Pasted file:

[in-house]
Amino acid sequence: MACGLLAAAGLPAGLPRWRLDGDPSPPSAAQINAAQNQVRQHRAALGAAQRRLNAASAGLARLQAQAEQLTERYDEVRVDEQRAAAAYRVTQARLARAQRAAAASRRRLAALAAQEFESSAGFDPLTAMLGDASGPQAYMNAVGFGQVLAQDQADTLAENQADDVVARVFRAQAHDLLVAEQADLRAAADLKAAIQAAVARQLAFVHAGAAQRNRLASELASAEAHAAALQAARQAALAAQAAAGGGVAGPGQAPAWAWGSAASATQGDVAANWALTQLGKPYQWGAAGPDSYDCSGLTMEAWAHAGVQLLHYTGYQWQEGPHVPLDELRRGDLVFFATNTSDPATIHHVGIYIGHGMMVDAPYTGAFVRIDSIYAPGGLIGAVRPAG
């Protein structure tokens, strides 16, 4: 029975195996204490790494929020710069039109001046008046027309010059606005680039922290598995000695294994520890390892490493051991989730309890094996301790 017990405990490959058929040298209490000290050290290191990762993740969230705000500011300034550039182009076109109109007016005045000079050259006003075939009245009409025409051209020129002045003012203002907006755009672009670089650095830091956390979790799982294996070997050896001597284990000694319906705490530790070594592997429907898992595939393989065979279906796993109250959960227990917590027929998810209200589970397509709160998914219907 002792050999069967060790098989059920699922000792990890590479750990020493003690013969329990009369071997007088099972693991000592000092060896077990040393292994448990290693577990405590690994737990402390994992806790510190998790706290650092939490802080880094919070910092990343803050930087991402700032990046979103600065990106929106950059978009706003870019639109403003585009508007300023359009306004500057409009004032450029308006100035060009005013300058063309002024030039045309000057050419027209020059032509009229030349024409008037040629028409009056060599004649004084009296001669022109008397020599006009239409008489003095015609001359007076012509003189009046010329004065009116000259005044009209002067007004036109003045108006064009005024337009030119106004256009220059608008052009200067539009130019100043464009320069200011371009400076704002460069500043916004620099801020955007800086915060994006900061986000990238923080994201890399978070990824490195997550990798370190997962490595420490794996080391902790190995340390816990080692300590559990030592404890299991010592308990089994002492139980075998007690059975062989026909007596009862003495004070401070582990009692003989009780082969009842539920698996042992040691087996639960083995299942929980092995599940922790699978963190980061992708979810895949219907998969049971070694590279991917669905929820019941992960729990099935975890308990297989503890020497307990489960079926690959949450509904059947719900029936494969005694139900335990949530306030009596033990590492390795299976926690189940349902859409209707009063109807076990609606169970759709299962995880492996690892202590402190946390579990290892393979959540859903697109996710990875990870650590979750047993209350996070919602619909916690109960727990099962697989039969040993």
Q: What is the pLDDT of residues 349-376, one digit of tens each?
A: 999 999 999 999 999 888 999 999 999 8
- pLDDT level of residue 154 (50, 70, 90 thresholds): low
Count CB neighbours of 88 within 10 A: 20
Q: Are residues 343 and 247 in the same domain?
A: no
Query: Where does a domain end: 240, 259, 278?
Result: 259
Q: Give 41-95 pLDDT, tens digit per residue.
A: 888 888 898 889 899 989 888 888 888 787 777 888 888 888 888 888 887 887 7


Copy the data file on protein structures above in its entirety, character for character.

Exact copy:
[in-house]
Amino acid sequence: MACGLLAAAGLPAGLPRWRLDGDPSPPSAAQINAAQNQVRQHRAALGAAQRRLNAASAGLARLQAQAEQLTERYDEVRVDEQRAAAAYRVTQARLARAQRAAAASRRRLAALAAQEFESSAGFDPLTAMLGDASGPQAYMNAVGFGQVLAQDQADTLAENQADDVVARVFRAQAHDLLVAEQADLRAAADLKAAIQAAVARQLAFVHAGAAQRNRLASELASAEAHAAALQAARQAALAAQAAAGGGVAGPGQAPAWAWGSAASATQGDVAANWALTQLGKPYQWGAAGPDSYDCSGLTMEAWAHAGVQLLHYTGYQWQEGPHVPLDELRRGDLVFFATNTSDPATIHHVGIYIGHGMMVDAPYTGAFVRIDSIYAPGGLIGAVRPAG
């Protein structure tokens, strides 16, 4: 029975195996204490790494929020710069039109001046008046027309010059606005680039922290598995000695294994520890390892490493051991989730309890094996301790 017990405990490959058929040298209490000290050290290191990762993740969230705000500011300034550039182009076109109109007016005045000079050259006003075939009245009409025409051209020129002045003012203002907006755009672009670089650095830091956390979790799982294996070997050896001597284990000694319906705490530790070594592997429907898992595939393989065979279906796993109250959960227990917590027929998810209200589970397509709160998914219907 002792050999069967060790098989059920699922000792990890590479750990020493003690013969329990009369071997007088099972693991000592000092060896077990040393292994448990290693577990405590690994737990402390994992806790510190998790706290650092939490802080880094919070910092990343803050930087991402700032990046979103600065990106929106950059978009706003870019639109403003585009508007300023359009306004500057409009004032450029308006100035060009005013300058063309002024030039045309000057050419027209020059032509009229030349024409008037040629028409009056060599004649004084009296001669022109008397020599006009239409008489003095015609001359007076012509003189009046010329004065009116000259005044009209002067007004036109003045108006064009005024337009030119106004256009220059608008052009200067539009130019100043464009320069200011371009400076704002460069500043916004620099801020955007800086915060994006900061986000990238923080994201890399978070990824490195997550990798370190997962490595420490794996080391902790190995340390816990080692300590559990030592404890299991010592308990089994002492139980075998007690059975062989026909007596009862003495004070401070582990009692003989009780082969009842539920698996042992040691087996639960083995299942929980092995599940922790699978963190980061992708979810895949219907998969049971070694590279991917669905929820019941992960729990099935975890308990297989503890020497307990489960079926690959949450509904059947719900029936494969005694139900335990949530306030009596033990590492390795299976926690189940349902859409209707009063109807076990609606169970759709299962995880492996690892202590402190946390579990290892393979959540859903697109996710990875990870650590979750047993209350996070919602619909916690109960727990099962697989039969040993």
Q: What is the pLDDT of residues 349-376, one digit of tens each?
A: 999 999 999 999 999 888 999 999 999 8
- pLDDT level of residue 154 (50, 70, 90 thresholds): low
Count CB neighbours of 88 within 10 A: 20
Q: Are residues 343 and 247 in the same domain?
A: no
Query: Where does a domain end: 240, 259, 278?
Result: 259
Q: Give 41-95 pLDDT, tens digit per residue.
A: 888 888 898 889 899 989 888 888 888 787 777 888 888 888 888 888 887 887 7